Xing Yi fast, Tai Chi slow

I seem to have entered a little phase of practicing Tai Chi in the morning then immediately doing some Xing Yi straight afterwards. I’ve never really been into doing Tai Chi especially slowly, as some people seem to love to do, but the contrast with Xing Yi straight after has really accented the speed differences, and it’s made me think about the strategy of each art.

Reflecting on the reflections at today’s practice spot.

Tai Chi forms are performed much more slowly than Xing Yi links. We all know that Tai Chi should be done slow-ish, but how fast should Xing Yi be? Because it’s an “internal art” (check out my podcast for some thoughts on what that means) people often think that Xing Yi should be done relatively slowly too. My teacher recalled to me a story of one of his teachers who would always shout at them “Faster! Faster!”, whenever they did Xing Yi. The rule was, the faster, the better. They could never be quite fast enough to satisfy him.

Xing Yi works as an intercepting art – ideally you want to be attacking inside the opponent’s attack. It’s a very different approach to standing your ground and trading blows with an opponent. Once you’re ‘inside’ their attack you want to keep on pressing forward, which is why Xing Yi ‘forms’ are generally done in a straight line. The hardest thing is getting that inside position, but once you’ve got it you don’t want to give it up until you’ve got in several decisive blows, all the while moving forward with full body connection. Nobody said it was an easy strategy to achieve, but that is the strategy.

Doing Xing Yi quickly helps you develop that fast footwork you need to rush forward when required, without falling into disaray. It says in the Xing Yi classics somewhere that when standing you want to stand like a mountain – solid, unmoving, but when it’s time to move you want to move like the sound of thunder or a landslide.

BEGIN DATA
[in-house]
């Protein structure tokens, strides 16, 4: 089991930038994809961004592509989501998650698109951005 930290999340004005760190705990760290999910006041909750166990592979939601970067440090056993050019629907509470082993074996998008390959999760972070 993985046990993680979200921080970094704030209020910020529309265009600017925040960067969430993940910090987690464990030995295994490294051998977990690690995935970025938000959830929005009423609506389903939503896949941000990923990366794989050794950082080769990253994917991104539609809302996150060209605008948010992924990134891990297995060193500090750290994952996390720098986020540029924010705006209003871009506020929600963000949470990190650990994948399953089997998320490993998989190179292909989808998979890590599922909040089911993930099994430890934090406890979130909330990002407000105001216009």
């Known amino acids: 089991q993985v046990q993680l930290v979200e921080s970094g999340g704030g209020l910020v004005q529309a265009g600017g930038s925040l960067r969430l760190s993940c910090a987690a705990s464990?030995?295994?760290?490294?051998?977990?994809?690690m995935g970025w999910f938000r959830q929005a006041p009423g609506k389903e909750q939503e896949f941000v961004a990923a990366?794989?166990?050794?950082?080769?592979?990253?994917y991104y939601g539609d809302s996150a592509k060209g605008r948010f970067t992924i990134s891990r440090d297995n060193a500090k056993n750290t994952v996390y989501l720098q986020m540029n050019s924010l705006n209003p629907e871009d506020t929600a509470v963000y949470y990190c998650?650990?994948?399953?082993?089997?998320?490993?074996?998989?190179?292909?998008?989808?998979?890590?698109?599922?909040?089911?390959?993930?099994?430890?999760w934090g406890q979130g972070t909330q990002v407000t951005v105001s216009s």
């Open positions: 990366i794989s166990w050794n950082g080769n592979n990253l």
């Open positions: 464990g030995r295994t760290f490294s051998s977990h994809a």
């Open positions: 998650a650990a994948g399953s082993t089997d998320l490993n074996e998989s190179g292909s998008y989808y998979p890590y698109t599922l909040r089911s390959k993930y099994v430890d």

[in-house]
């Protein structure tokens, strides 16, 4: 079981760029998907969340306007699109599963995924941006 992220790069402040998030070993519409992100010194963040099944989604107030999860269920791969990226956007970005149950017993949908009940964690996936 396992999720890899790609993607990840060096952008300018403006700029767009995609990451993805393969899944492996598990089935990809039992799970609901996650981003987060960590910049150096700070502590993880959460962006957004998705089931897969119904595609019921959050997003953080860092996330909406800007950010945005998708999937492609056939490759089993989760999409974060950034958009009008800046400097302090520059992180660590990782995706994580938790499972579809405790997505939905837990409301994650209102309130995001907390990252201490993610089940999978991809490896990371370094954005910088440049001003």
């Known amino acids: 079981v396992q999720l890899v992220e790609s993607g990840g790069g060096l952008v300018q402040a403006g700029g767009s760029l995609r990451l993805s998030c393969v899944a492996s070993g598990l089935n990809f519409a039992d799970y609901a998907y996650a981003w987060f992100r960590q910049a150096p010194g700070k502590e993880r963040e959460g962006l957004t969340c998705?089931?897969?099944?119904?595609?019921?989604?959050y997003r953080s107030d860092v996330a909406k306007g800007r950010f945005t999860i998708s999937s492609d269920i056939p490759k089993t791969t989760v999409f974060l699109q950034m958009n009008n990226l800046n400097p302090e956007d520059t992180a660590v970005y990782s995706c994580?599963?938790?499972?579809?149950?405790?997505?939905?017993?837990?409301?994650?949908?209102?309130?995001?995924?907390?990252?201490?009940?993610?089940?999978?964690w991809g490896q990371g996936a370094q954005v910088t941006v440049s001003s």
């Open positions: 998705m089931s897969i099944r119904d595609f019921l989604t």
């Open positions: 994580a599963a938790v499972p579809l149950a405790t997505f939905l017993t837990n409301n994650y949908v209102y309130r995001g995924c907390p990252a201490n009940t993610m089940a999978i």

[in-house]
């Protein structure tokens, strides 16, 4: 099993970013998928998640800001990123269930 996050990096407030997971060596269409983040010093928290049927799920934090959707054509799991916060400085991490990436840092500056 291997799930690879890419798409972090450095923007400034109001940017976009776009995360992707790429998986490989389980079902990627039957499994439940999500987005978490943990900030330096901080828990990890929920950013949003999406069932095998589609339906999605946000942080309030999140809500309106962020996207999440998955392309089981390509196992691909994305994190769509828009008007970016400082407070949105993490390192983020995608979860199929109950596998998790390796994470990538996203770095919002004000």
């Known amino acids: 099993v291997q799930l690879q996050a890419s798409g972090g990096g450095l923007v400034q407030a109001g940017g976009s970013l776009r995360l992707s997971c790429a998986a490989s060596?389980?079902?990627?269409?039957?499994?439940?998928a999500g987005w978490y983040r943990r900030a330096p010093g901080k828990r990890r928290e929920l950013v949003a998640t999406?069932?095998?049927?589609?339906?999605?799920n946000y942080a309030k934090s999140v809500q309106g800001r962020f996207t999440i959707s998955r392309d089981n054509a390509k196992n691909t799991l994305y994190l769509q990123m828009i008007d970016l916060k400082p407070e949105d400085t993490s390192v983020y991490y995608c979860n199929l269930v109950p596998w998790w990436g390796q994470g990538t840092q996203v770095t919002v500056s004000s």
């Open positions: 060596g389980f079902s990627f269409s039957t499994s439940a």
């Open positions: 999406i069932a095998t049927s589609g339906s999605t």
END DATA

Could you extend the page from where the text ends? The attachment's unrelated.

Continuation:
Tai Chi – at least the Yang style and its sub-styles – in contrast seems more interested in doing as little work as possible. Relaxing, using natural body motions and letting your body weight do the work are the order of the day.

When you do Tai Chi you shouldn’t really be getting out of breath*, when you do Xing Yi you should. As such the two arts compliment each other nicely.

* Your style may vary.

2 thoughts on “Xing Yi fast, Tai Chi slow

  1. Nicely said, nicely said. I appreciate that many stylists will turn their nose up at this advice [many of the taiji instructors that I have met would, in any case]; but, that’s exactly what I have been doing in recent years. I usually do them back-to-back and see it as an expression of the yin/yang dichotomy, if nothing else… plus it feels good.

    An old man like me shouldn’t talk about fighting; but in terms of keeping any self-defence capability that I may have developed over the decades, it makes sense to me to devote some of my daily training to moving as quickly as possible…. plus it feels good.

    Most often I do a slow Yang taiji form and my favourite version of the Yang long traditional sword set followed by a a few reps of an xingyi empty-hand form as well as a broadsword set from that discipline… add in warm-ups, cool downs and some standing qigong and you have a very pleasant 15-25 minutes that’s good for the soul and the carcass!

    >

    Liked by 1 person

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